• Golden Globe Awards

Tomorrow’s Stars Yesterday: Terence Stamp, 1963

Between 1948 and 1983 Golden Globes were awarded in a special category of “New Star of the Year” conceived to recognize young actors making a mark in their early roles. In this series, the HFPA’s Phil Berk highlights those that would follow their auspicious starts with distinguished careers.
The third New Star of 1963, Terence Stamp, never became a household name, but he worked with most of the great directors of his time and has never given a bad performance.
Still going strong today at 82, at his last HFPA press conference he was characteristically self-deprecating and good humored. His early success was meteoric. After being selected to play the title role in Peter Ustinov’sBilly Budd, which earned him an Oscar nomination, he was chosen by Hollywood’s great director William Wyler for the lead in The Collector, for which again he won Best Actor honors at the Cannes Film festival.
After that everyone wanted him, not just for his acting ability but because he was so dashingly handsome. Asked about that, specifically in regard to his third film in which he played a character women couldn’t resist, he told the HFPA, “It was a rough experience because (director John) Schlesinger didn’t want me, and I was hoisted in over his protest by the producer Joe Janni, who was a fan of mine. Janni wanted me for Far From the Madding Crowd, but the man Schlesinger was looking for, a blonde, muscly type, wasn’t at all like me, and he didn’t disguise his displeasure. He was very rough with me, the first director that I’d worked with who didn’t like me and didn’t want what I was, but fortunately the film was photographed by a great genius named Nick Roeg, and Nick Roeg saw what Schlesinger was doing to me, and he disapproved, and so he said to me, ‘I’ll just shoot stuff and when John gets into the cutting room he’s too good a director to not use it,’ So we shot all those amazing little sequences that made me look that good. I genuinely knew that I never looked that good, but I have to thank Nick for that.”
It was during the filming that he and Julie Christie became lovers; there were others equally famous, but he remained a bachelor until finally at 54 he married for the first time, but even that didn’t last. Ironically before working with Schlesinger he turned down the lead in Alfie, which eventually went to his roommate and best friend, Michael Caine, who urged him to take the role. Instead, he chose Joseph Losey’s high profile but ultimately disastrous Modesty Blaise. After that there was a run of art house movies, all under the guidance of Janni. He lent star power to Ken Loach’sPoor Cow(knowing that unknown Carol White would have the plum role.) He made an independent movie in Hollywood Blue that thankfully nobody saw, and then began his lifelong passion for working in Italy with directors he admired, again urged on by Italian born Janni. He made Spirits of the Dead for FelliniTeorema with Pasolini, but then struck out with Season in Hell and Hu Man. He salvaged his career in Hollywood in the well received The Mind of Mr. Sloane but then back to Europe for The Divine Nymph and Striptease which provided him with strong roles which sadly nobody saw.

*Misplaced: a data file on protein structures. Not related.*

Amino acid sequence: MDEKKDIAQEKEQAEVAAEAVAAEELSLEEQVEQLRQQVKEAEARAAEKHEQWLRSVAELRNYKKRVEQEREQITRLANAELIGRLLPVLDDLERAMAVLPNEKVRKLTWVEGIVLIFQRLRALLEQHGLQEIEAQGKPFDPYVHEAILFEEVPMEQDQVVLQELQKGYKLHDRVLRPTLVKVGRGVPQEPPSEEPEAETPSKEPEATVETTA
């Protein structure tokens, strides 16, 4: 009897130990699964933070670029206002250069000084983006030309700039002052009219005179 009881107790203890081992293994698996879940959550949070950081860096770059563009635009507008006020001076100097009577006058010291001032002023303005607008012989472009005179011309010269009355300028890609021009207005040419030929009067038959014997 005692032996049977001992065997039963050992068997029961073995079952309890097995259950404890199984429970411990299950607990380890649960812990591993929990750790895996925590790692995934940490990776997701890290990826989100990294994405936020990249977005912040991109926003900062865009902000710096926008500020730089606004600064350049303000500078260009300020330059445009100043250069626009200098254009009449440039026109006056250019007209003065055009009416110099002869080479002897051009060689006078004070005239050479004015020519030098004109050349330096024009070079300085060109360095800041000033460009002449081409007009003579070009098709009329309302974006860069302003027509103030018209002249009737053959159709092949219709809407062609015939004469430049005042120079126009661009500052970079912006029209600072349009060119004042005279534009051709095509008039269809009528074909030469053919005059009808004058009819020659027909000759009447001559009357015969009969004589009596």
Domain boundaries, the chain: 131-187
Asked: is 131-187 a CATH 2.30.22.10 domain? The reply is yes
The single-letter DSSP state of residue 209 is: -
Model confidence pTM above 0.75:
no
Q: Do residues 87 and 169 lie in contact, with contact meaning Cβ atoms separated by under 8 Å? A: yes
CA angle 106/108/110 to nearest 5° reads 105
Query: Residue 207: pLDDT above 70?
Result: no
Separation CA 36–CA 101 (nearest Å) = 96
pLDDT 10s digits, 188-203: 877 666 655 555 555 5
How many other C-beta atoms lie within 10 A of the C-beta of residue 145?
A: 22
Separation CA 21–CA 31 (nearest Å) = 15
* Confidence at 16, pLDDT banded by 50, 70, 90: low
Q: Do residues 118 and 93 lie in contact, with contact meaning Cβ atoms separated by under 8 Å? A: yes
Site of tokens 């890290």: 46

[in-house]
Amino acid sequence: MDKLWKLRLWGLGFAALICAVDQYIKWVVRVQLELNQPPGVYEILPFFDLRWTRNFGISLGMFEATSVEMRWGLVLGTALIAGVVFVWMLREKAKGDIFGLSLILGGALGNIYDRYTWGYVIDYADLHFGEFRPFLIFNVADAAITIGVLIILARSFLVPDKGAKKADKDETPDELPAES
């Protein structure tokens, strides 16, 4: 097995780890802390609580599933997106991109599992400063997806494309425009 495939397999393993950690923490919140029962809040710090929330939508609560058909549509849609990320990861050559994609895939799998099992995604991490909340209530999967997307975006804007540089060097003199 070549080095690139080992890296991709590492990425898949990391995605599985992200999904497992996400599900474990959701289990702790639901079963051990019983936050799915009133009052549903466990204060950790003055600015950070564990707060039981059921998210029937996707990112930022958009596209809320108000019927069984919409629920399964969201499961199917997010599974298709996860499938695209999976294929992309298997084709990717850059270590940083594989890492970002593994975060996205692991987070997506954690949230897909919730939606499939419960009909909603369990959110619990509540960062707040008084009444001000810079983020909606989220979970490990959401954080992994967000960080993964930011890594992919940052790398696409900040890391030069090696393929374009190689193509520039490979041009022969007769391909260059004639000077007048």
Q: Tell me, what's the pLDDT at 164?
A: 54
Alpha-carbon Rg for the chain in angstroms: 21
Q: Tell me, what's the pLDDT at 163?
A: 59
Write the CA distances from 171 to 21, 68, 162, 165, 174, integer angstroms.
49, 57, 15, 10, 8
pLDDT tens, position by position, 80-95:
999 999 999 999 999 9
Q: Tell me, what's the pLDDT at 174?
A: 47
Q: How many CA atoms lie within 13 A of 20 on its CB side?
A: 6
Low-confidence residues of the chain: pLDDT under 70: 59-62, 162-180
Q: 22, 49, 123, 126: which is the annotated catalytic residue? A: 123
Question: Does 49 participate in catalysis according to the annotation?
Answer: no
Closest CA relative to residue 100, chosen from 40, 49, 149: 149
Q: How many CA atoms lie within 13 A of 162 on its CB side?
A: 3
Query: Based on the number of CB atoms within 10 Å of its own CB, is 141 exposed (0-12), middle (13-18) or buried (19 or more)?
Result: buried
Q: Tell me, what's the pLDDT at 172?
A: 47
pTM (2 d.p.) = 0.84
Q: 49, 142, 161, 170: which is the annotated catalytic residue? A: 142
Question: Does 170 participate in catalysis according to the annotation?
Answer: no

Again Hollywood came to the rescue when he was cast in the American blockbuster Superman, which ended up being two movies, and which gave him the chance to work with Marlon Brando. Again he got strong reviews, this time for playing the film’s villain General Zod in both films.
After that Peter Brook used him in Meetings with Remarkable Men, he had a small role in Together, did another handful of European films that are best forgotten, until again it was a director, Stephen Frears, who resuscitated his career, by casting him alongside John Hurt and Tim Roth in The Hit, which was universally praised.
Following that he had a decent role in Richard Franklin’s Link and then Ivan Reitman brought him back to Hollywood for a supporting role in Legal Eagles, the Robert Redford, Debra Winger potential blockbuster that misfired. Things were looking pretty gloomy but then it fell to a new generation of Hollywood directors to rescue him. He was the standout in The Sicilian (Michael Cimino) and Wall StreetOliver Stone).
Relocating to Hollywood he had a small role in The Young Guns and a better one in James Caan’sAlien Nation.
He was effective in Genuine Risk, and even tried his hand directing Stranger in the House but with little success.
Russell Mulcahy used him as a foil for Kim Basinger and Val Kilmer in The Real McCoy, but it was his next film that reminded us what a superb actor he could be when given the right part. The Adventures of Priscilla Queen of the Desert, made in Australia, was just that and playing a drag queen he won numerous Best Actor awards as well as a Best Actor in a Musical Golden Globe nomination. After that there was no shortage of roles, culminating in the lead in Steven Soderbergh’s, arguably his best performance, for which he received numerous Best Actor nominations.  He had scene-stealing roles in Star Wars Episode I The Phantom Menace and Bowfinger but had to wait another ten years for his last great role in Unfinished Song, for which he won the Best Actor award at the Beijing Film Festival. 
He had a small role in Tim Burton’s Miss Peregrine’s Home for Peculiar Children, and an even smaller one in this year’s well received TV series His Dark Materials.
Undeterred now in his eighties, he is still working. An inconsistent career maybe, but one in which he can point to four memorable performances Priscilla Queen of the Desert, The Limey, Teorema, and yes, Far from the Madding Crowd.